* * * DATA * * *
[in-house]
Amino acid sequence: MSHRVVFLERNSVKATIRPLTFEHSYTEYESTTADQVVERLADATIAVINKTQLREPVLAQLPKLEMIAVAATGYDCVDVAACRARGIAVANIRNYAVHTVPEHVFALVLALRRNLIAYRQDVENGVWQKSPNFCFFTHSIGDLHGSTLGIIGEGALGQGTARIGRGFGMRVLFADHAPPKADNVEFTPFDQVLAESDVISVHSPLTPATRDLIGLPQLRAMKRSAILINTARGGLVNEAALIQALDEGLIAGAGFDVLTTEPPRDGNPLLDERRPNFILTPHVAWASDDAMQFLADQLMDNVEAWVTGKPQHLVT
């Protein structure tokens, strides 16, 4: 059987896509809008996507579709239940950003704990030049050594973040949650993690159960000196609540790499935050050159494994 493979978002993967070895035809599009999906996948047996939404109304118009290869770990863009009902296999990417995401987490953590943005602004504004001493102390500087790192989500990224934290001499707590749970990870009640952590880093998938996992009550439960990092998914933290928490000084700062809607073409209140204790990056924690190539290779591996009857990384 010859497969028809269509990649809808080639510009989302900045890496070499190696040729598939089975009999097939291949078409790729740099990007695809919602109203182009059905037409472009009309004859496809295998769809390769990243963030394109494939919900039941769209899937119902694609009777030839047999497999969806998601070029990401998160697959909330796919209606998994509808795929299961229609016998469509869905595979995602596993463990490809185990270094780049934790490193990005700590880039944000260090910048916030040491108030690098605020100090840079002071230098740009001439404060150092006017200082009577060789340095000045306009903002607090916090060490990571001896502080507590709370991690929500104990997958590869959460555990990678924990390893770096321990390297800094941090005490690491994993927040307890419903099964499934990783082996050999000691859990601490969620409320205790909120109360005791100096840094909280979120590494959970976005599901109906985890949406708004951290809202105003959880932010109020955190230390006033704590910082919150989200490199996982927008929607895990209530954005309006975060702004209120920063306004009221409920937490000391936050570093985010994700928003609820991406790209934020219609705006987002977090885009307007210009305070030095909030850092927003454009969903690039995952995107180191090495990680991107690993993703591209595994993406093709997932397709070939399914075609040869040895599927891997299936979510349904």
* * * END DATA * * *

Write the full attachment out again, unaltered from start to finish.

[in-house]
Amino acid sequence: MSHRVVFLERNSVKATIRPLTFEHSYTEYESTTADQVVERLADATIAVINKTQLREPVLAQLPKLEMIAVAATGYDCVDVAACRARGIAVANIRNYAVHTVPEHVFALVLALRRNLIAYRQDVENGVWQKSPNFCFFTHSIGDLHGSTLGIIGEGALGQGTARIGRGFGMRVLFADHAPPKADNVEFTPFDQVLAESDVISVHSPLTPATRDLIGLPQLRAMKRSAILINTARGGLVNEAALIQALDEGLIAGAGFDVLTTEPPRDGNPLLDERRPNFILTPHVAWASDDAMQFLADQLMDNVEAWVTGKPQHLVT
């Protein structure tokens, strides 16, 4: 059987896509809008996507579709239940950003704990030049050594973040949650993690159960000196609540790499935050050159494994 493979978002993967070895035809599009999906996948047996939404109304118009290869770990863009009902296999990417995401987490953590943005602004504004001493102390500087790192989500990224934290001499707590749970990870009640952590880093998938996992009550439960990092998914933290928490000084700062809607073409209140204790990056924690190539290779591996009857990384 010859497969028809269509990649809808080639510009989302900045890496070499190696040729598939089975009999097939291949078409790729740099990007695809919602109203182009059905037409472009009309004859496809295998769809390769990243963030394109494939919900039941769209899937119902694609009777030839047999497999969806998601070029990401998160697959909330796919209606998994509808795929299961229609016998469509869905595979995602596993463990490809185990270094780049934790490193990005700590880039944000260090910048916030040491108030690098605020100090840079002071230098740009001439404060150092006017200082009577060789340095000045306009903002607090916090060490990571001896502080507590709370991690929500104990997958590869959460555990990678924990390893770096321990390297800094941090005490690491994993927040307890419903099964499934990783082996050999000691859990601490969620409320205790909120109360005791100096840094909280979120590494959970976005599901109906985890949406708004951290809202105003959880932010109020955190230390006033704590910082919150989200490199996982927008929607895990209530954005309006975060702004209120920063306004009221409920937490000391936050570093985010994700928003609820991406790209934020219609705006987002977090885009307007210009305070030095909030850092927003454009969903690039995952995107180191090495990680991107690993993703591209595994993406093709997932397709070939399914075609040869040895599927891997299936979510349904």